As publishers grow frustrated with their digital advertising prospects, many of them will look to grow reader revenue next year.
But just as massive scale defines the market for digital advertising, the market for paid digital content in the United States has long seemed a lot smaller, with entrenched problems like low conversion rates and an abundance of free content to compete against.
These five charts paint a picture of a small market that appears to be growing in the U.S.
A small percentage of overall U.S. population paid for digital news last year
A Reuters Institute study discovered that just 16 percent of the U.S. population paid for digital news in the past year, about half of which paid for a recurring subscription. While that percentage positions the U.S. near the top of a list of developed digital markets, it only amounts to about 52 million Americans in total, based on the U.S. Census Bureau’s 2016 estimate that the country’s population was 326 million.
A large percentage of digital-only subscribers are new
The Reuters figures omit one big storyline in digital publishing: the Trump bump. A big chunk of U.S. digital news subscribers have only had their subscriptions for a few months, according to research conducted by the Media Insight Project, a joint venture between the American Press Institute and the AP-NORC Center for Public Affairs. This growth is a sign that publishers’ recent emphasis on paid products is resonating with at least some of their readers.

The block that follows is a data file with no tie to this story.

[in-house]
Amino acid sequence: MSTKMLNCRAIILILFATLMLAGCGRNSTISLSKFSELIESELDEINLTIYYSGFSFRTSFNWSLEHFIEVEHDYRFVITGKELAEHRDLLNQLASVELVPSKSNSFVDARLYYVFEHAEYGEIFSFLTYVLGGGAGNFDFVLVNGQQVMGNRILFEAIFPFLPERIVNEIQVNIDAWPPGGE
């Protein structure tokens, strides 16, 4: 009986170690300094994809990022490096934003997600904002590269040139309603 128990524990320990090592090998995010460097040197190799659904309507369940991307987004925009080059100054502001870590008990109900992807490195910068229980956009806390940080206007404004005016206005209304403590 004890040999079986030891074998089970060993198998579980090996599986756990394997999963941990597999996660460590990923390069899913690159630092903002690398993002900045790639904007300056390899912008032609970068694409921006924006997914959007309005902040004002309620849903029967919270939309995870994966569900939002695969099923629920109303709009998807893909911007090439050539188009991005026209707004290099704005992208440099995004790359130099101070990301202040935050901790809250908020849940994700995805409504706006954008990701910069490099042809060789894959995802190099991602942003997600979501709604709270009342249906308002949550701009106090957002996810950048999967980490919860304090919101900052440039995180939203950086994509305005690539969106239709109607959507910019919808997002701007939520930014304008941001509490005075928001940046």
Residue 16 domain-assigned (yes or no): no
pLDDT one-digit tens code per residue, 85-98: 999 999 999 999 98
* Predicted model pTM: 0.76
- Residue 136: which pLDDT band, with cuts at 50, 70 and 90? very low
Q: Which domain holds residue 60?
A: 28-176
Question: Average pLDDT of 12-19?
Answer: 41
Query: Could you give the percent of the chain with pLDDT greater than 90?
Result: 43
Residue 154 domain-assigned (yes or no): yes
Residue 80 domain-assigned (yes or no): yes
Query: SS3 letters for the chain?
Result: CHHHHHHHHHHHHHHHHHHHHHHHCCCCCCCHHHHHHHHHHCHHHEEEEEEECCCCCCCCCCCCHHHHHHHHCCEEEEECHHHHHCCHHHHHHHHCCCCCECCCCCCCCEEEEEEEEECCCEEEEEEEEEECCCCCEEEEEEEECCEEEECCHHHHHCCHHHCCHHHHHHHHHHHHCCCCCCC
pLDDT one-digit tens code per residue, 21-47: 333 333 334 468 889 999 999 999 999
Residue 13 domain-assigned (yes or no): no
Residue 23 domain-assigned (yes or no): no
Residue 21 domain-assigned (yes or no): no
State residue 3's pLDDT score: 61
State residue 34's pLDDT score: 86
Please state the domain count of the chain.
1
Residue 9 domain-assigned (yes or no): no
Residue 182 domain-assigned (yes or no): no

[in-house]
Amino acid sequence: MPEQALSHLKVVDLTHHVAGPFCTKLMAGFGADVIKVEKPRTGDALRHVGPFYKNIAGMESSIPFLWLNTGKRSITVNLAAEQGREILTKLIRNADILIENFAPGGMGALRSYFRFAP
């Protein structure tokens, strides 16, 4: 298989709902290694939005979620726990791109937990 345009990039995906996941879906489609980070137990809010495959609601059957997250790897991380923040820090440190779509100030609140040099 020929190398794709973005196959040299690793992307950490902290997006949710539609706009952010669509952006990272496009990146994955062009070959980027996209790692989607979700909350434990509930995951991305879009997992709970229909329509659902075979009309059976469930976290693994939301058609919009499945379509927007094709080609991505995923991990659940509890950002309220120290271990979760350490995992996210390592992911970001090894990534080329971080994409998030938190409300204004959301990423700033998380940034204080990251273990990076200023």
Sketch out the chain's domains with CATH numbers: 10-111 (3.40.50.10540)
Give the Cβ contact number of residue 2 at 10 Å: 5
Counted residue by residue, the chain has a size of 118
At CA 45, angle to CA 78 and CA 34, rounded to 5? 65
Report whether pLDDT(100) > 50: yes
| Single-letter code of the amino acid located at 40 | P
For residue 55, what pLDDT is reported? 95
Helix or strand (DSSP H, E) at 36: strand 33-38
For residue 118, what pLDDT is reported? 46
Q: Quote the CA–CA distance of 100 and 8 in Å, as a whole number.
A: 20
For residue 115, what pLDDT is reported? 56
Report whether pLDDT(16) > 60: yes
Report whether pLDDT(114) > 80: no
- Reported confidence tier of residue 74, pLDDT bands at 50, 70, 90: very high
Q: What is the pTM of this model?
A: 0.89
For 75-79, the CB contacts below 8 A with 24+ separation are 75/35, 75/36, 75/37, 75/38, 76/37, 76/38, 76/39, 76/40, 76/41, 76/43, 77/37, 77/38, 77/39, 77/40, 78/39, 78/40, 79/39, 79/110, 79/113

While Donald Trump’s election fueled a huge spike in digital subscriptions at the beginning of the year, its effects are wearing off.
Young people are more likely to pay for digital news
The Reuters Institute found that the two cohorts most likely to pay for digital news products in 2017 are the 18-24 and 25-34 age groups. Last year, those two cohorts were the least likely to pay for digital news, a shift that suggests that interest in paying for news is not generational.
Many pay for coverage of an important topic
Instead, the shift in the previous chart could be taken to mean that people will pay for news, provided they feel the information provided is important and useful to them.
The Media Insights Project found that good coverage of a relevant topic was the top motivating factor for over 40 percent of paying American news consumers, topping factors including hitting a paywall and friends and family subscribing.
A majority feel the price is right
Though some publishers feel they have work to do to figure out the pricing and packaging of their paid offerings, it appears not everybody will have to consider dropping the price. The Media Insights Project found that nearly half of digital news subscribers believe the cost of their subscriptions is “very good value.” In fact, a higher proportion of digital subscribers feel that way than print subscribers do.
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